thinking about water

It’s easy to obsess about something you don’t have enough of, and water in California is one of those things.

Dustbowl on a stick

On my recent trip to Northern California it was hard not to notice the dozens of signs stuck along the side of the interstate like so many Fox News soundbites-on-a-stick. I can’t tell you all the details about our water-use wars, but it has something to do with ongoing drought, overpopulation and a mandate to return water to natural watercourses in attempt to keep some small fish from vanishing from the face of the earth forever. As cheap, plentiful water is shut off or diverted to the big cities with more political clout, it’s easy to see that some farmers aren’t happy.

Old water lines

New water lines

Back home, we’ve been reminded that water doesn’t just magically fall from the sky in plentiful amounts. The cast-iron water lines that supply the neighborhood have been failing, and the old lines are being replaced with new, bright baby-blue water mains. All summer long the street out front has been a construction pit as they installed temporary supply lines, cut through pavement to remove the old problem pipe, installed the new lines and prepared to hook up the houses to the never-ending font of the life-giving fluid. They’ve said that the street will be a no-parking zone for the next six weeks. Feels like it’s been forever already.

Of course that water supply isn’t without limits. The city has been on a mandatory water-reduction program since June, and I was happy to see that city water use dropped 20% that month. But as the novelty of saving water wore off, July’s numbers fell to 12%.

Reverse osmosis unit

I’ve been trying to do my part. Overall I feel pretty good about it, but I’ve found myself falling off the wagon a bit myself. My new offense is this little number, a reverse-osmosis purification system to improve the water quality I can offer a new little collection of carnivorous plants (more on that in a future post). A reality with almost all R/O systems is that producing one gallon of good water generates several gallons of waste. I knew that going into it, but the reality of it is pretty stunning.

Reverse osmosis drain modification

But instead of following the installation instructions, which outline in detail how you send all the wastewater down the drain through the special pipe fittings the manufacturer thoughtfully supplies with the unit, I modified the installation to aim the waste stream into a water bottle. The rejected water ends up being a little saltier and grosser that what comes from the tap, but it’s still cleaner than the graywater we’re recycling from our showers and is perfectly good for watering the plants that aren’t among the chosen few.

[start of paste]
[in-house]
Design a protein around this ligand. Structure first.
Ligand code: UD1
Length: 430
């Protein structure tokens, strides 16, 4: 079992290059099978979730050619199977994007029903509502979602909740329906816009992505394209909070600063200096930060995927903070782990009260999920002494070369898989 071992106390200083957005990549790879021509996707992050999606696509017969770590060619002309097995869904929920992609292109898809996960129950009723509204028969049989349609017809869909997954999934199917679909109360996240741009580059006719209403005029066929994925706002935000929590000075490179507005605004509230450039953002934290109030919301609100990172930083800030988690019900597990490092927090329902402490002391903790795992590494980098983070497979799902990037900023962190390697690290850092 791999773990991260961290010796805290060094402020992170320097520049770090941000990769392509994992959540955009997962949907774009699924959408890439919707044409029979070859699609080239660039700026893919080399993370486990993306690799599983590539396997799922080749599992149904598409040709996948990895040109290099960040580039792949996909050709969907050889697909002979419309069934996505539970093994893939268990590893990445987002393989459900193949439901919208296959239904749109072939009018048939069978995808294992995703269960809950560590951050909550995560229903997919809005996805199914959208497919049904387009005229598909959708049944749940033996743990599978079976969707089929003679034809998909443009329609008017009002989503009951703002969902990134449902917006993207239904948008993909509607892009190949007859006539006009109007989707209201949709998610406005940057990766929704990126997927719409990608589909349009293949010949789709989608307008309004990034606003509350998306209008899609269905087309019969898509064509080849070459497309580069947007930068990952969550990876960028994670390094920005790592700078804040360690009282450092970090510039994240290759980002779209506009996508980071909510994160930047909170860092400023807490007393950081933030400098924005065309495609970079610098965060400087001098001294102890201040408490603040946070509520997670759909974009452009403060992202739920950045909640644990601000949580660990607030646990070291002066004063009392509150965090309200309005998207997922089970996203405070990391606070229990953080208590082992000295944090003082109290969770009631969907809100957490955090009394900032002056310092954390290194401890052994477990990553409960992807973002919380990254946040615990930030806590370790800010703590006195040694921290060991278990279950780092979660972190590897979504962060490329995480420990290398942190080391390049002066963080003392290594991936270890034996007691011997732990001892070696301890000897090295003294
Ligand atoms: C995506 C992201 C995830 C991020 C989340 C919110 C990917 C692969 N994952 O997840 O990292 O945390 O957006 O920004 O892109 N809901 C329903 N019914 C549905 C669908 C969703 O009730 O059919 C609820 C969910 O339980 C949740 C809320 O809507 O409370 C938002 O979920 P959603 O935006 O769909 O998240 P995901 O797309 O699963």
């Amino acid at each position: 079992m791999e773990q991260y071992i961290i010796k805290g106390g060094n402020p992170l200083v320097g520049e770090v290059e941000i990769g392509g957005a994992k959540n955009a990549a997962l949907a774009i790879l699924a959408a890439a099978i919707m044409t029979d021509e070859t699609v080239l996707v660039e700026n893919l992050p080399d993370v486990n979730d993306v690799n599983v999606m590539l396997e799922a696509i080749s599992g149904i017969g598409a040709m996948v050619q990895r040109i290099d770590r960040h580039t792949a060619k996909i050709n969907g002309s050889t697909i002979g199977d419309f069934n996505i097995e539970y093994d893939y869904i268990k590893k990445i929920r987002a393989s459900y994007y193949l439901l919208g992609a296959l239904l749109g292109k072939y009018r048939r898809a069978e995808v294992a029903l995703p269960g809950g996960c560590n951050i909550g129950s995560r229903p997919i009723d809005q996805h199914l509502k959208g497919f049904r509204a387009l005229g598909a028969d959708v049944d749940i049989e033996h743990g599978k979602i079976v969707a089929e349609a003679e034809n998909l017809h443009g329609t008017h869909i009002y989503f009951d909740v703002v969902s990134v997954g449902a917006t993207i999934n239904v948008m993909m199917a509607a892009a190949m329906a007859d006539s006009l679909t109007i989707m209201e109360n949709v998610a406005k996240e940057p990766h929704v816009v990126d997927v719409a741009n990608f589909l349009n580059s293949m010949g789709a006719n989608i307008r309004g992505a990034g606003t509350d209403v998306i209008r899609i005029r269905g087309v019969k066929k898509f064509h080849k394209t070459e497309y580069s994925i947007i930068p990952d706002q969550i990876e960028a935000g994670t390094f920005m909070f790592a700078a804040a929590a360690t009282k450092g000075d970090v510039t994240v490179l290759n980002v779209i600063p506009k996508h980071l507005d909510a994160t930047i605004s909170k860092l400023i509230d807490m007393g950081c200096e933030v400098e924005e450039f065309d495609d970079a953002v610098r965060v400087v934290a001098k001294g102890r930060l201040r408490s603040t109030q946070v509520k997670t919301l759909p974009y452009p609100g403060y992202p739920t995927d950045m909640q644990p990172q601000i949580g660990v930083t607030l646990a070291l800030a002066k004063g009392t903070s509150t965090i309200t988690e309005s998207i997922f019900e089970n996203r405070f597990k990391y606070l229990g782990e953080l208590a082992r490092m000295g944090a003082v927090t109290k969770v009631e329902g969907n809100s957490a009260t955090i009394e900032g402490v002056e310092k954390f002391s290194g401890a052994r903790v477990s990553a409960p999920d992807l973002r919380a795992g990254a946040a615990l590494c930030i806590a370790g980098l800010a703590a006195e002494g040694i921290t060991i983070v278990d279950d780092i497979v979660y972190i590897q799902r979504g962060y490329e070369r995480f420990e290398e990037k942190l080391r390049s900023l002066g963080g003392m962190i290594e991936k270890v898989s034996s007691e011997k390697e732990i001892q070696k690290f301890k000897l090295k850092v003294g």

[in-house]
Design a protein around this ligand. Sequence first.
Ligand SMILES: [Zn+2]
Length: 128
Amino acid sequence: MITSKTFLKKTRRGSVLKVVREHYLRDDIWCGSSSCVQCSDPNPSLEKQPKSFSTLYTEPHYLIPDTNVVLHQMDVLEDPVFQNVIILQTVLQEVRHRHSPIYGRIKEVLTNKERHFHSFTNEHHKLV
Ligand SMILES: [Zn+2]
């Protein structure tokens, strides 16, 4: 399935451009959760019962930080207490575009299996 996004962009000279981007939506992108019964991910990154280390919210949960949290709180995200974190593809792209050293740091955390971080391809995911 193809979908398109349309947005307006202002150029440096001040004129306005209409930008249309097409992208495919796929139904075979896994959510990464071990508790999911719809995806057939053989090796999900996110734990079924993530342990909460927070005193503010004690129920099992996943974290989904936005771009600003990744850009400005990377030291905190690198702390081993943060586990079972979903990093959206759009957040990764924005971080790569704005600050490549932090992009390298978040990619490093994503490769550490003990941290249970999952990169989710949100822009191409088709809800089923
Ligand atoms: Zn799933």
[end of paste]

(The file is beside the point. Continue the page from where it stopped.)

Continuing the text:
Now that I’ve lived with this setup for a couple of weeks I’m finding that lugging around five gallon water bottles can be a bit of a chore. Maybe I’ll rig a way to divert the waste directly to the garden. But that’s a project that will have to wait. Fall planting season is coming up, as well as a pile of house projects. And then there’s that new collection of plants to play with…

6 thoughts on “thinking about water”

  1. I saw those signs, too. They looked too much like a political group had printed them up. Would’ve been more convincing if they’d been hand made, I think.
    On the east side I saw a reservoir, Waugh Lake, that had been drained to let water flow back into Mono Lake. Now it’s back to being stream winding through the former lake bottom. Didn’t get a photo, but it’s an interesting image to remember.

  2. I agree, it’s difficult to decide how to work with this problem. When I see the bright green golf courses and some public buildings with lawn nearby, I’m tempted to just let it go. But really, it’s feeling good about myself, and maybe setting an example.
    (Clever setup with that filter. I had no idea that stuff takes so much water)

  3. We saw those signs too last time we travelled to N. CA. Trying to be zeric down here. There must be a balance netween environmental issues & feeding the nation.

  4. I haven’t seen the signs, but I have seen tons of farms being watered with overhead water sprayers during the hottest part of the day. It’s hard for me to feel sorry for them, when we are converting to drip because we have to conserve and our water bills go up, but agriculture feels free to waste their subsidized water.

    Reverse osmosis is incredibly wasteful. Unless you reuse the waste water like you are, eliminating the waste. Good job.

  5. Yes water in California is very complicated. Late activist, Dorothy Green wrote a great book – very clear and easy to understand – on this topic called Managing Water- Avoiding Crisis in California. A non-profit that she founded, C-WIN (www.C-WIN.org), “promotes equitable and environmentally sensitive use of CA’s water.” On their website they point out that:

    “California grows half the fruits and vegetables for the entire nation and [it] uses about 80% of the developed water in the state. Clearly, prime agricultural land must be preserved to protect this vital industry.

    However, about half the developed water is used to grow four low value, water intensive crops: cotton, rice, irrigated pasture and alfalfa. Cotton and rice are also heavily subsidized by the federal government. And federal subsidies guarantee to Central Valley farms $416 million a year or more of cheap water.”

    Furthermore, agriculture represents only about 3% of the state’s economy. (Green, p. 235).

    I am all for low-flush toilets and all other water conservation efforts, but until we address inequities in water distribution in the state and have an honest airing of policies toward agribusiness, all we do is literally a drop in the bucket.

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